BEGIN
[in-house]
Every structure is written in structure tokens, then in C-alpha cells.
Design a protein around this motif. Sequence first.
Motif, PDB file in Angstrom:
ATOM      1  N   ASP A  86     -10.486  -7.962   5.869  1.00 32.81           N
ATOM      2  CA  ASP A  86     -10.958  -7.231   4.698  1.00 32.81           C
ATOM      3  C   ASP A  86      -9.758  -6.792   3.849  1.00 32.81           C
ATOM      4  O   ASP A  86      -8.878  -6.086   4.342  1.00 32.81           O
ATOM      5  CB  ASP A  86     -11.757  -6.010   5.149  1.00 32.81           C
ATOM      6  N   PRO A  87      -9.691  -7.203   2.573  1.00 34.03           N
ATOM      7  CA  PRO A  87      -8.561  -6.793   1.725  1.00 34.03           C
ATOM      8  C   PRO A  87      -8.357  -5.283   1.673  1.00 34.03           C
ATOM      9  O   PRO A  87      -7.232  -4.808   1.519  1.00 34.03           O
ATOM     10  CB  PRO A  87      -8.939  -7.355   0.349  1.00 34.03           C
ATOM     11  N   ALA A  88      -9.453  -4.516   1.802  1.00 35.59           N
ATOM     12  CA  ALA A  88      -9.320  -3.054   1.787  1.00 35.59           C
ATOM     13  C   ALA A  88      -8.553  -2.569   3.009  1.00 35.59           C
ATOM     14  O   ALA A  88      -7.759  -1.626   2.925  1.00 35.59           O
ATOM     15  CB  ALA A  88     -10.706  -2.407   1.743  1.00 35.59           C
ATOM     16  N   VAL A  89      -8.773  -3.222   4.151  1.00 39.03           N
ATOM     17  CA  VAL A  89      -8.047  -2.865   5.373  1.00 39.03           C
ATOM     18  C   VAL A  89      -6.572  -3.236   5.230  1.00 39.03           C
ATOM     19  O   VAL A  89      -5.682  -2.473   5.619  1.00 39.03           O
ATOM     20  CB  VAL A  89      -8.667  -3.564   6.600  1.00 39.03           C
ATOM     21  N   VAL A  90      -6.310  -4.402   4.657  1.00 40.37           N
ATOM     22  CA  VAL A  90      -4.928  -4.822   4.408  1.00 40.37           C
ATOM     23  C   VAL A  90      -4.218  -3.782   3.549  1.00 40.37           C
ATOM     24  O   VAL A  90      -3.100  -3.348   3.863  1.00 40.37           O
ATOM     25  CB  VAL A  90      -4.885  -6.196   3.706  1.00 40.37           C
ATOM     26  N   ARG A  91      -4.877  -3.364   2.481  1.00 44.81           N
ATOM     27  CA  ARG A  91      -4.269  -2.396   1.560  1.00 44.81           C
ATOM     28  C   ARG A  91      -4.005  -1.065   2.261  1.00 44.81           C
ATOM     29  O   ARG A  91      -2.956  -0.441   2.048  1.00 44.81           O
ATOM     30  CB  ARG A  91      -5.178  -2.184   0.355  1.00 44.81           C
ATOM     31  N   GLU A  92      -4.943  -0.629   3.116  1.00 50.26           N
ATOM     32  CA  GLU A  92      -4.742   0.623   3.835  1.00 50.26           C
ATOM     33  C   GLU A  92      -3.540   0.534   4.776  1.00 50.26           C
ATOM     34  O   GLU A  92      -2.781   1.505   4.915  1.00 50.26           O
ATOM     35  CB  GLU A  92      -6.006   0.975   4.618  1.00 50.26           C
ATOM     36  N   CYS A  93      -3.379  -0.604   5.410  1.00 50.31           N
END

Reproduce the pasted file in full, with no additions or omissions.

[in-house]
Every structure is written in structure tokens, then in C-alpha cells.
Design a protein around this motif. Sequence first.
Motif, PDB file in Angstrom:
ATOM      1  N   ASP A  86     -10.486  -7.962   5.869  1.00 32.81           N
ATOM      2  CA  ASP A  86     -10.958  -7.231   4.698  1.00 32.81           C
ATOM      3  C   ASP A  86      -9.758  -6.792   3.849  1.00 32.81           C
ATOM      4  O   ASP A  86      -8.878  -6.086   4.342  1.00 32.81           O
ATOM      5  CB  ASP A  86     -11.757  -6.010   5.149  1.00 32.81           C
ATOM      6  N   PRO A  87      -9.691  -7.203   2.573  1.00 34.03           N
ATOM      7  CA  PRO A  87      -8.561  -6.793   1.725  1.00 34.03           C
ATOM      8  C   PRO A  87      -8.357  -5.283   1.673  1.00 34.03           C
ATOM      9  O   PRO A  87      -7.232  -4.808   1.519  1.00 34.03           O
ATOM     10  CB  PRO A  87      -8.939  -7.355   0.349  1.00 34.03           C
ATOM     11  N   ALA A  88      -9.453  -4.516   1.802  1.00 35.59           N
ATOM     12  CA  ALA A  88      -9.320  -3.054   1.787  1.00 35.59           C
ATOM     13  C   ALA A  88      -8.553  -2.569   3.009  1.00 35.59           C
ATOM     14  O   ALA A  88      -7.759  -1.626   2.925  1.00 35.59           O
ATOM     15  CB  ALA A  88     -10.706  -2.407   1.743  1.00 35.59           C
ATOM     16  N   VAL A  89      -8.773  -3.222   4.151  1.00 39.03           N
ATOM     17  CA  VAL A  89      -8.047  -2.865   5.373  1.00 39.03           C
ATOM     18  C   VAL A  89      -6.572  -3.236   5.230  1.00 39.03           C
ATOM     19  O   VAL A  89      -5.682  -2.473   5.619  1.00 39.03           O
ATOM     20  CB  VAL A  89      -8.667  -3.564   6.600  1.00 39.03           C
ATOM     21  N   VAL A  90      -6.310  -4.402   4.657  1.00 40.37           N
ATOM     22  CA  VAL A  90      -4.928  -4.822   4.408  1.00 40.37           C
ATOM     23  C   VAL A  90      -4.218  -3.782   3.549  1.00 40.37           C
ATOM     24  O   VAL A  90      -3.100  -3.348   3.863  1.00 40.37           O
ATOM     25  CB  VAL A  90      -4.885  -6.196   3.706  1.00 40.37           C
ATOM     26  N   ARG A  91      -4.877  -3.364   2.481  1.00 44.81           N
ATOM     27  CA  ARG A  91      -4.269  -2.396   1.560  1.00 44.81           C
ATOM     28  C   ARG A  91      -4.005  -1.065   2.261  1.00 44.81           C
ATOM     29  O   ARG A  91      -2.956  -0.441   2.048  1.00 44.81           O
ATOM     30  CB  ARG A  91      -5.178  -2.184   0.355  1.00 44.81           C
ATOM     31  N   GLU A  92      -4.943  -0.629   3.116  1.00 50.26           N
ATOM     32  CA  GLU A  92      -4.742   0.623   3.835  1.00 50.26           C
ATOM     33  C   GLU A  92      -3.540   0.534   4.776  1.00 50.26           C
ATOM     34  O   GLU A  92      -2.781   1.505   4.915  1.00 50.26           O
ATOM     35  CB  GLU A  92      -6.006   0.975   4.618  1.00 50.26           C
ATOM     36  N   CYS A  93      -3.379  -0.604   5.410  1.00 50.31           N